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The Ellbogen Center for Teaching and Learning sponsors several learning communities that bring together various groups of faculty and graduate students from across campus to engage in active and collaborative programming for the purpose of enhancing teaching and learning.
Let's take some time to talk about assessment! Join the Assessment Faculty Learning Community for engaging conversations and to think with your peers about assessment for student learning at UW.
In our hectic schedules, we often do not take the time to slow down to reflect on and think together about our work. The ECTL has been hosting an informal collaborative communication (CC) group for the past four years that does just that.
If you want to improve your students' critical and creative thinking, these workshops are for you. Explore and apply concepts from Bean & Melzer's Engaging Ideas: The Professor's Guide to Integrating Writing, Critical Thinking, and Active Learning in the Classroom. This text pairs theory with examples which can be easily adapted to a wide range of course contexts.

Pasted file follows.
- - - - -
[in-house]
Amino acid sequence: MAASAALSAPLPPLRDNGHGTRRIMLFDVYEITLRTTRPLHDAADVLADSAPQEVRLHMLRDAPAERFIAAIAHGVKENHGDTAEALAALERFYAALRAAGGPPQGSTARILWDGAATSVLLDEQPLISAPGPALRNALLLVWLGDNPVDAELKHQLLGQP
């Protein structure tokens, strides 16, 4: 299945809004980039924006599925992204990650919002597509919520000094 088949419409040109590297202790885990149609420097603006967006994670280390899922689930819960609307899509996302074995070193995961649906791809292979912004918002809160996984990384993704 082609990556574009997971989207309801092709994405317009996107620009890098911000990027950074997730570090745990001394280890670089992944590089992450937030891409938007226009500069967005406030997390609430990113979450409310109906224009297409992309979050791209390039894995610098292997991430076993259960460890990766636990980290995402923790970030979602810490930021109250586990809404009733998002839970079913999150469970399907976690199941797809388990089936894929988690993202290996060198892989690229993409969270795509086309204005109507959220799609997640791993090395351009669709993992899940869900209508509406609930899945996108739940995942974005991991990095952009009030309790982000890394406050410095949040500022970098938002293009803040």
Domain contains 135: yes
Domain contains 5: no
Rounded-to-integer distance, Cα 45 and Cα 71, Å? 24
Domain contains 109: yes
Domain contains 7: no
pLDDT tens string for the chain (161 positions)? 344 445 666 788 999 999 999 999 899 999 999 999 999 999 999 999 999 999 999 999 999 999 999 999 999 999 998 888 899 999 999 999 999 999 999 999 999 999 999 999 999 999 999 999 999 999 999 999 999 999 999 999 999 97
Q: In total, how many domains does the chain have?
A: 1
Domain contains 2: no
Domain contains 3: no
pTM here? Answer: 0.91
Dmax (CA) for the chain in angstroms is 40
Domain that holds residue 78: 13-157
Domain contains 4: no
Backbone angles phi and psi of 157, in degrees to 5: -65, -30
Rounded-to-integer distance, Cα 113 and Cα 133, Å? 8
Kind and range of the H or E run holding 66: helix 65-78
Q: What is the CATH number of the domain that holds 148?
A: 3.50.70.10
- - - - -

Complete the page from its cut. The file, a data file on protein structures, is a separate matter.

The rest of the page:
Meet other new faculty from a variety of disciplines, discuss best practices in teaching and learning, share resources and attend social events. Past participants have found these learning communities valuable for improving their teaching practices as well as creating community with others.
In this learning community GTA's come together and discuss their role in higher education. GTAs are experts in their field of study but may need support honing their understanding of teaching and learning. The book we are using for this learning community, "The Successful TA," draws on decades of experience to offer practical advice. The lessons and scenarios in this short, accessible guide can be applied to any discipline--from large lecture halls to labs. In this learning community, we are setting the stage to develop lifelong best teaching practices.
There have been many innovations in education. We have moved from classrooms to Zoom and back again. We have learned to teach effectively in synchronous and asynchronous, online environments. We have explored and implemented active, team-based, collaborative, project-based, problem-based pedagogy in our classrooms, increasing students’ engagement and learning. We have learned how games and game theory can be used to increase student engagement in class materials. In short, we have transformed education in many ways. How else might we inspire ourselves and our students? What else might we explore?